[Tagging] Rio de la Plata edit war
kevin.b.kenny at gmail.com
Tue Aug 4 18:52:39 UTC 2020
On Tue, Aug 4, 2020 at 12:59 PM Christoph Hormann <osm at imagico.de> wrote:
> I am not saying that OSM should only record physical geography. I am
> saying that natural=coastline is a physical geography tag and should be
> defined based on physical geography criteria. If there is no consensus
> about this we can end the discussion because if we cannot even agree on
> basic conceptual separation on that level (i.e. that we separate the
> mapping of the physical extent of surface water cover on this planet
> from culturally defined elements of the geography) we can close up shop
> right away.
Your straw man looks to be quite flammable.
A water polygon remains a water polygon whether its boundary is
`natural=coastilne`, `waterway=river`, `natural=water` or whatever. Nobody
is arguing over the physical extent of surface water coverage.
The precise line at which a river becomes a lake or the ocean is and will
always be indefinite. We are arguing about how broadly or narrowly to draw
it. Your argument is that the first dam or waterfall is the only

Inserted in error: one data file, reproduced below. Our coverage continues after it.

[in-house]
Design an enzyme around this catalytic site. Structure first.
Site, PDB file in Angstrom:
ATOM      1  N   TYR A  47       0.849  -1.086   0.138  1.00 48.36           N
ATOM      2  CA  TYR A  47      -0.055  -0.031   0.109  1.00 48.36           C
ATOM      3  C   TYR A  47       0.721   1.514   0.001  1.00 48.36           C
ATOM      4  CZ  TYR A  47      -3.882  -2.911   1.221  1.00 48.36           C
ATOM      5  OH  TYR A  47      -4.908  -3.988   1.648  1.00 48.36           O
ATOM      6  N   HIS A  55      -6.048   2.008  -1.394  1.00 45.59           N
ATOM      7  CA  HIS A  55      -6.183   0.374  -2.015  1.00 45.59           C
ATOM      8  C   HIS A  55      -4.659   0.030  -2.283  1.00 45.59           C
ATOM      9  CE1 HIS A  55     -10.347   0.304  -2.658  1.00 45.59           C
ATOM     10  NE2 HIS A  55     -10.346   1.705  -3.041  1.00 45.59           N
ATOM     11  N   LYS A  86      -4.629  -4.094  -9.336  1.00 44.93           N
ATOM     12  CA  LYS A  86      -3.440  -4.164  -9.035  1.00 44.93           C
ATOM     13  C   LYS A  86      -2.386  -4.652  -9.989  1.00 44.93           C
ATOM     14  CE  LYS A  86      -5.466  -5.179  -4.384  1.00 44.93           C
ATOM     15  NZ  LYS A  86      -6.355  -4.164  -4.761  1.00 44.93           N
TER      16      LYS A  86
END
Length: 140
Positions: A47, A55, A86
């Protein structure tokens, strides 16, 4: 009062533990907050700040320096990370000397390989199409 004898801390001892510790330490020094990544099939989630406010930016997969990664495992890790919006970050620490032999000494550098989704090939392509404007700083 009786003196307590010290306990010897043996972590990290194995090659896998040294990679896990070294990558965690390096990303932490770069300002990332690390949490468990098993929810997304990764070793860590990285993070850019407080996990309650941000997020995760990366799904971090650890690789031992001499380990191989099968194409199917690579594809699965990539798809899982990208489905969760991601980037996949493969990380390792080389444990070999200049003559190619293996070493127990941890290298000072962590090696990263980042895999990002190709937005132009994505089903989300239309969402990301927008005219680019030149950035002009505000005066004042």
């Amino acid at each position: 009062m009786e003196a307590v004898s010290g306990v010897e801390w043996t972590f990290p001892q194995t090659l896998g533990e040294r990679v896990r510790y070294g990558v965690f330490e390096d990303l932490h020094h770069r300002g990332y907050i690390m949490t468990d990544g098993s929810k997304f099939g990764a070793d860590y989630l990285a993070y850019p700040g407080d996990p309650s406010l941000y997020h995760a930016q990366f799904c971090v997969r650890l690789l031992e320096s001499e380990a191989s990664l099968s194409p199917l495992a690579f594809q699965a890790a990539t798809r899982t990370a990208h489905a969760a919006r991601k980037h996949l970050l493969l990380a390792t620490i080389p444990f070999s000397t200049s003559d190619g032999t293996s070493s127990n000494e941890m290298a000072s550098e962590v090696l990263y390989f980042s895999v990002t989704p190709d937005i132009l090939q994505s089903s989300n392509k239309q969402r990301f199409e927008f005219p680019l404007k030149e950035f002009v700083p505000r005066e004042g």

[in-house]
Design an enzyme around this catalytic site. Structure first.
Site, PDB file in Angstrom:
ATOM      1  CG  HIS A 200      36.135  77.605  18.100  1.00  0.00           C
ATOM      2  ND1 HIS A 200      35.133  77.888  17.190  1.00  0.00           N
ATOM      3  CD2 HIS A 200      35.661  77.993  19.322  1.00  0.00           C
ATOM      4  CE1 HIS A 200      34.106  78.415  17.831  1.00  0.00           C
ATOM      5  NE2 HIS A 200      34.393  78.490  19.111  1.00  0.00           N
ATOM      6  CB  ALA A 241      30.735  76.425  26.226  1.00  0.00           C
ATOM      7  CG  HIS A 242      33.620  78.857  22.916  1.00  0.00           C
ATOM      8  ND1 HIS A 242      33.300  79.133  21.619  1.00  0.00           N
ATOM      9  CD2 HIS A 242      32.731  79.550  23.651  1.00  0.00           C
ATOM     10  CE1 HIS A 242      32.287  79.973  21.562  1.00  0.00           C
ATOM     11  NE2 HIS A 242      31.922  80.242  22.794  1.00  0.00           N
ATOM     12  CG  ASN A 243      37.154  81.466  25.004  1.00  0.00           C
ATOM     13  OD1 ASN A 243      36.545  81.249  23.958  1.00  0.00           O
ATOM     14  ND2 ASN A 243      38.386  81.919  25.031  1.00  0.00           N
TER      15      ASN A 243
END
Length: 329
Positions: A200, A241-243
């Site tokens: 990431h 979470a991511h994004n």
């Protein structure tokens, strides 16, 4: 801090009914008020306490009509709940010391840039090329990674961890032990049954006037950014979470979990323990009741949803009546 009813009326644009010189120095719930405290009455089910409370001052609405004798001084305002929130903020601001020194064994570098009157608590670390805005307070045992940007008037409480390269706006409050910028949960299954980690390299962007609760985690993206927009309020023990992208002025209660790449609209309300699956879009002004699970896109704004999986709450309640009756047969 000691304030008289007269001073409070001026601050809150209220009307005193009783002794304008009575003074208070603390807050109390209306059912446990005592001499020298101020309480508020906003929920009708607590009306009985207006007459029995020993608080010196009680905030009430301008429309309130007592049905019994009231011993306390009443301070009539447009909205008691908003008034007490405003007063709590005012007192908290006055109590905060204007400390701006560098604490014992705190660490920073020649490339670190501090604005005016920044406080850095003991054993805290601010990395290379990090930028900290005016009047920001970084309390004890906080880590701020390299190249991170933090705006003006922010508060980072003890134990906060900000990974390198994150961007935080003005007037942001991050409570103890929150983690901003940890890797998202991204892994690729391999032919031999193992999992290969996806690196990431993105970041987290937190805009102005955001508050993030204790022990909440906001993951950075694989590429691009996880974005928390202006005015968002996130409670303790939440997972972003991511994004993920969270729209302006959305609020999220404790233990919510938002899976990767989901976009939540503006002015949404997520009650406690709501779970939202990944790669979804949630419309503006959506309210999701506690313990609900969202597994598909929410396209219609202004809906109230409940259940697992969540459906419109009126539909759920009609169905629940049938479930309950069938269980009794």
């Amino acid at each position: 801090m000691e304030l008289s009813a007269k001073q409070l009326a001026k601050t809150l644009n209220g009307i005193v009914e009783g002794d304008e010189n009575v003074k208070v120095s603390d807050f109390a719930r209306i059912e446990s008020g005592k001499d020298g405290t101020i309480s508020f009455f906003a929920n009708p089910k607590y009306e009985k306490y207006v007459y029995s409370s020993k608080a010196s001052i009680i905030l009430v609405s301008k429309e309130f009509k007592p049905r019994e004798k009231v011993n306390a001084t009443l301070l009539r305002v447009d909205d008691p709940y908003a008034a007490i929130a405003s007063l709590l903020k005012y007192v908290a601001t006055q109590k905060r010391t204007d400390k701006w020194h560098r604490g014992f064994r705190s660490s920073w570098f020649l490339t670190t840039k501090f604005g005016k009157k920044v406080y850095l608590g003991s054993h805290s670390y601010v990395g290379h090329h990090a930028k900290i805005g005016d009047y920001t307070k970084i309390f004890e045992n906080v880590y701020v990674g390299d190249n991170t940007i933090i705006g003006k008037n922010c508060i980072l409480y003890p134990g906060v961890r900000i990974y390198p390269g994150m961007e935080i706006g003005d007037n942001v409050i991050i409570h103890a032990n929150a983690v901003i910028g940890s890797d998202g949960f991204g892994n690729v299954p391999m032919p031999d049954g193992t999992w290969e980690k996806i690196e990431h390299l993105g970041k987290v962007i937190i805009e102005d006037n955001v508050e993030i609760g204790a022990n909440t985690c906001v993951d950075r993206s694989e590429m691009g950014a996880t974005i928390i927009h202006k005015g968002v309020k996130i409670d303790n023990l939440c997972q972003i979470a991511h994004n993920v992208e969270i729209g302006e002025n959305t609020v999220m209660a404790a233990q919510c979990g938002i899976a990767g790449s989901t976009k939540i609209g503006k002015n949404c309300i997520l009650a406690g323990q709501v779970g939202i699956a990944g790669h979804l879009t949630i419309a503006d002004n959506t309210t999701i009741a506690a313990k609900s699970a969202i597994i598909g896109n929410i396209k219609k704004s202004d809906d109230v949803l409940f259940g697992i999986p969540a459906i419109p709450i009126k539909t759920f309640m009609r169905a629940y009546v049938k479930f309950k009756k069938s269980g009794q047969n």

'objective' way to place it. That may be true: it's the first bright line.
Nevertheless, in practice, it gives a much broader definition of the World
Ocean than seems reasonable - placing the line hundreds of km from the
commonly understood river mouth in many cases.
I'm arguing that both cultural considerations (generally speaking, people
do not call tidal inland riverbanks 'the coastline') and practical
considerations (a much longer coastline further complicates the already
horrible situation for coastline rendering) both militate in favor of
putting the coastline as far downstream in the estuarine environment as is
practicable. Nothing in my argument changes the physical extent of the
mapped water surface by one centimetre. It's simply saying that for any
indefinite boundary, there is no single right answer. Deference to the
local cultural definitions, provided that they don't warp the indefinite
boundary beyond any reasonable physical interpretation, is most likely
73 de ke9tv/2, Kevin
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